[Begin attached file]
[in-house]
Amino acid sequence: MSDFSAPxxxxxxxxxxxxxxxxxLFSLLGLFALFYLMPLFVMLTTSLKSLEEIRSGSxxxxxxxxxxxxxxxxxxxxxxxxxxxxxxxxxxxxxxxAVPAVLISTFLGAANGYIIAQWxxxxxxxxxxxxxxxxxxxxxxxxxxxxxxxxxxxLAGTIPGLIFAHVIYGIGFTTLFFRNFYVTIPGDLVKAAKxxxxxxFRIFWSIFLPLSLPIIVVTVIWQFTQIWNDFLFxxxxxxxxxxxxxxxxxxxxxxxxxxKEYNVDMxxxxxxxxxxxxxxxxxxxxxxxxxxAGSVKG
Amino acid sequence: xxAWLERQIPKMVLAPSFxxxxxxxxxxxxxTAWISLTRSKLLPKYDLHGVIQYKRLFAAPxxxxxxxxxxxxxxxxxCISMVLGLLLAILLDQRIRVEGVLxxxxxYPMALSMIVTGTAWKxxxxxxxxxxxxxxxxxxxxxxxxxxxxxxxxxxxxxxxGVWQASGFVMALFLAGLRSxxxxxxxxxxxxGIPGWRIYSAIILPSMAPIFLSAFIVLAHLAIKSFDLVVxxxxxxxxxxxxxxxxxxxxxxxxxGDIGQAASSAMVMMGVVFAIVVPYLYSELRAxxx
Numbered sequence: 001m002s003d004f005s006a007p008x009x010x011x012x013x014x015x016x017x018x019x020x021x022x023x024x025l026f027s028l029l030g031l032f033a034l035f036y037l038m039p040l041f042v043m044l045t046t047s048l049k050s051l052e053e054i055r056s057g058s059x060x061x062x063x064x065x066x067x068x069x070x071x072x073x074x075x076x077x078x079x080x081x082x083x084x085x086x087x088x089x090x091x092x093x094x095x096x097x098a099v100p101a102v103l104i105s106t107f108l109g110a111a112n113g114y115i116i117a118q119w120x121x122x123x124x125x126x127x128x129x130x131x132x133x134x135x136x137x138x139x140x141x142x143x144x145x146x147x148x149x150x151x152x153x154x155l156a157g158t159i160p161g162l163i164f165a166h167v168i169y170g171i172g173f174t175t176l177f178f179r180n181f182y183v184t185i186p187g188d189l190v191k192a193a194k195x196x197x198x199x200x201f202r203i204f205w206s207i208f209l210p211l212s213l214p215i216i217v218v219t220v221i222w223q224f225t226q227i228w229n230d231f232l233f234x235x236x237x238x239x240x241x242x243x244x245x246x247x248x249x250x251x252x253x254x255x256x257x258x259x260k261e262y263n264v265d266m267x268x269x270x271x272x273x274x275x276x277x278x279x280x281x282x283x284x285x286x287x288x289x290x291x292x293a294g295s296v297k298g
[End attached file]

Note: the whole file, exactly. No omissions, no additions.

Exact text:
[in-house]
Amino acid sequence: MSDFSAPxxxxxxxxxxxxxxxxxLFSLLGLFALFYLMPLFVMLTTSLKSLEEIRSGSxxxxxxxxxxxxxxxxxxxxxxxxxxxxxxxxxxxxxxxAVPAVLISTFLGAANGYIIAQWxxxxxxxxxxxxxxxxxxxxxxxxxxxxxxxxxxxLAGTIPGLIFAHVIYGIGFTTLFFRNFYVTIPGDLVKAAKxxxxxxFRIFWSIFLPLSLPIIVVTVIWQFTQIWNDFLFxxxxxxxxxxxxxxxxxxxxxxxxxxKEYNVDMxxxxxxxxxxxxxxxxxxxxxxxxxxAGSVKG
Amino acid sequence: xxAWLERQIPKMVLAPSFxxxxxxxxxxxxxTAWISLTRSKLLPKYDLHGVIQYKRLFAAPxxxxxxxxxxxxxxxxxCISMVLGLLLAILLDQRIRVEGVLxxxxxYPMALSMIVTGTAWKxxxxxxxxxxxxxxxxxxxxxxxxxxxxxxxxxxxxxxxGVWQASGFVMALFLAGLRSxxxxxxxxxxxxGIPGWRIYSAIILPSMAPIFLSAFIVLAHLAIKSFDLVVxxxxxxxxxxxxxxxxxxxxxxxxxGDIGQAASSAMVMMGVVFAIVVPYLYSELRAxxx
Numbered sequence: 001m002s003d004f005s006a007p008x009x010x011x012x013x014x015x016x017x018x019x020x021x022x023x024x025l026f027s028l029l030g031l032f033a034l035f036y037l038m039p040l041f042v043m044l045t046t047s048l049k050s051l052e053e054i055r056s057g058s059x060x061x062x063x064x065x066x067x068x069x070x071x072x073x074x075x076x077x078x079x080x081x082x083x084x085x086x087x088x089x090x091x092x093x094x095x096x097x098a099v100p101a102v103l104i105s106t107f108l109g110a111a112n113g114y115i116i117a118q119w120x121x122x123x124x125x126x127x128x129x130x131x132x133x134x135x136x137x138x139x140x141x142x143x144x145x146x147x148x149x150x151x152x153x154x155l156a157g158t159i160p161g162l163i164f165a166h167v168i169y170g171i172g173f174t175t176l177f178f179r180n181f182y183v184t185i186p187g188d189l190v191k192a193a194k195x196x197x198x199x200x201f202r203i204f205w206s207i208f209l210p211l212s213l214p215i216i217v218v219t220v221i222w223q224f225t226q227i228w229n230d231f232l233f234x235x236x237x238x239x240x241x242x243x244x245x246x247x248x249x250x251x252x253x254x255x256x257x258x259x260k261e262y263n264v265d266m267x268x269x270x271x272x273x274x275x276x277x278x279x280x281x282x283x284x285x286x287x288x289x290x291x292x293a294g295s296v297k298g